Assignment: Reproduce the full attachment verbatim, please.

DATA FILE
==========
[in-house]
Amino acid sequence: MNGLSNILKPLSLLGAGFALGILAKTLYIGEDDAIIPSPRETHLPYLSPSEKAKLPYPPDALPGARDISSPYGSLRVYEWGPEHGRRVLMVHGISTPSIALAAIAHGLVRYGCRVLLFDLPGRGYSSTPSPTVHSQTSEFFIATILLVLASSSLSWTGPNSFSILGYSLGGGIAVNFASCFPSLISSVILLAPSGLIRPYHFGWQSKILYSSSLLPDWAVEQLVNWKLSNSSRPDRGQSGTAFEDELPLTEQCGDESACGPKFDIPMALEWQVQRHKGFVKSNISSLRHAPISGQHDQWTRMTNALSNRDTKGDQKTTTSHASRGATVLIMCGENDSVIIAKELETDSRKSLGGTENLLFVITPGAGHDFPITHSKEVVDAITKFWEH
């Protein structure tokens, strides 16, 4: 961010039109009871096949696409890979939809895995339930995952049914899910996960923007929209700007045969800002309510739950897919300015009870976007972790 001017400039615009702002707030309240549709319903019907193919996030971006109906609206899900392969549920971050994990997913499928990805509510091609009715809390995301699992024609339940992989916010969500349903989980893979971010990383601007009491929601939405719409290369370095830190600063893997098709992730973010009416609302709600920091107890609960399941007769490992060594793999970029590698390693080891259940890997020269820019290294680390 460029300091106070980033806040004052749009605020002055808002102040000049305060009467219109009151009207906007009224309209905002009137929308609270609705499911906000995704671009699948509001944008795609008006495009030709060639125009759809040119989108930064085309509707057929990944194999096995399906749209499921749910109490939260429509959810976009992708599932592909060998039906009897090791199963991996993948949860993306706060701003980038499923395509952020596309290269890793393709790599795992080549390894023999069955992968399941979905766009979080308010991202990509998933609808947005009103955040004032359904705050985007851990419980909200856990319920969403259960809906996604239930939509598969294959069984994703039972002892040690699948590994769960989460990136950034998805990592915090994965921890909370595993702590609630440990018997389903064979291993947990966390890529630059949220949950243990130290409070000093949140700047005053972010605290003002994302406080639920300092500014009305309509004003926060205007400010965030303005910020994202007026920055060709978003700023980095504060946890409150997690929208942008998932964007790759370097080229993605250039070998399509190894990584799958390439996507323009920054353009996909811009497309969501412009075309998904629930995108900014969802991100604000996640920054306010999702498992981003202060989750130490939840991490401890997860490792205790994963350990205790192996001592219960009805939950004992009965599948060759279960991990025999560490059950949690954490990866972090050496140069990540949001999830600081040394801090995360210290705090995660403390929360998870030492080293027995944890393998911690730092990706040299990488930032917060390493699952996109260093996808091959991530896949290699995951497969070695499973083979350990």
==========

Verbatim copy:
[in-house]
Amino acid sequence: MNGLSNILKPLSLLGAGFALGILAKTLYIGEDDAIIPSPRETHLPYLSPSEKAKLPYPPDALPGARDISSPYGSLRVYEWGPEHGRRVLMVHGISTPSIALAAIAHGLVRYGCRVLLFDLPGRGYSSTPSPTVHSQTSEFFIATILLVLASSSLSWTGPNSFSILGYSLGGGIAVNFASCFPSLISSVILLAPSGLIRPYHFGWQSKILYSSSLLPDWAVEQLVNWKLSNSSRPDRGQSGTAFEDELPLTEQCGDESACGPKFDIPMALEWQVQRHKGFVKSNISSLRHAPISGQHDQWTRMTNALSNRDTKGDQKTTTSHASRGATVLIMCGENDSVIIAKELETDSRKSLGGTENLLFVITPGAGHDFPITHSKEVVDAITKFWEH
């Protein structure tokens, strides 16, 4: 961010039109009871096949696409890979939809895995339930995952049914899910996960923007929209700007045969800002309510739950897919300015009870976007972790 001017400039615009702002707030309240549709319903019907193919996030971006109906609206899900392969549920971050994990997913499928990805509510091609009715809390995301699992024609339940992989916010969500349903989980893979971010990383601007009491929601939405719409290369370095830190600063893997098709992730973010009416609302709600920091107890609960399941007769490992060594793999970029590698390693080891259940890997020269820019290294680390 460029300091106070980033806040004052749009605020002055808002102040000049305060009467219109009151009207906007009224309209905002009137929308609270609705499911906000995704671009699948509001944008795609008006495009030709060639125009759809040119989108930064085309509707057929990944194999096995399906749209499921749910109490939260429509959810976009992708599932592909060998039906009897090791199963991996993948949860993306706060701003980038499923395509952020596309290269890793393709790599795992080549390894023999069955992968399941979905766009979080308010991202990509998933609808947005009103955040004032359904705050985007851990419980909200856990319920969403259960809906996604239930939509598969294959069984994703039972002892040690699948590994769960989460990136950034998805990592915090994965921890909370595993702590609630440990018997389903064979291993947990966390890529630059949220949950243990130290409070000093949140700047005053972010605290003002994302406080639920300092500014009305309509004003926060205007400010965030303005910020994202007026920055060709978003700023980095504060946890409150997690929208942008998932964007790759370097080229993605250039070998399509190894990584799958390439996507323009920054353009996909811009497309969501412009075309998904629930995108900014969802991100604000996640920054306010999702498992981003202060989750130490939840991490401890997860490792205790994963350990205790192996001592219960009805939950004992009965599948060759279960991990025999560490059950949690954490990866972090050496140069990540949001999830600081040394801090995360210290705090995660403390929360998870030492080293027995944890393998911690730092990706040299990488930032917060390493699952996109260093996808091959991530896949290699995951497969070695499973083979350990």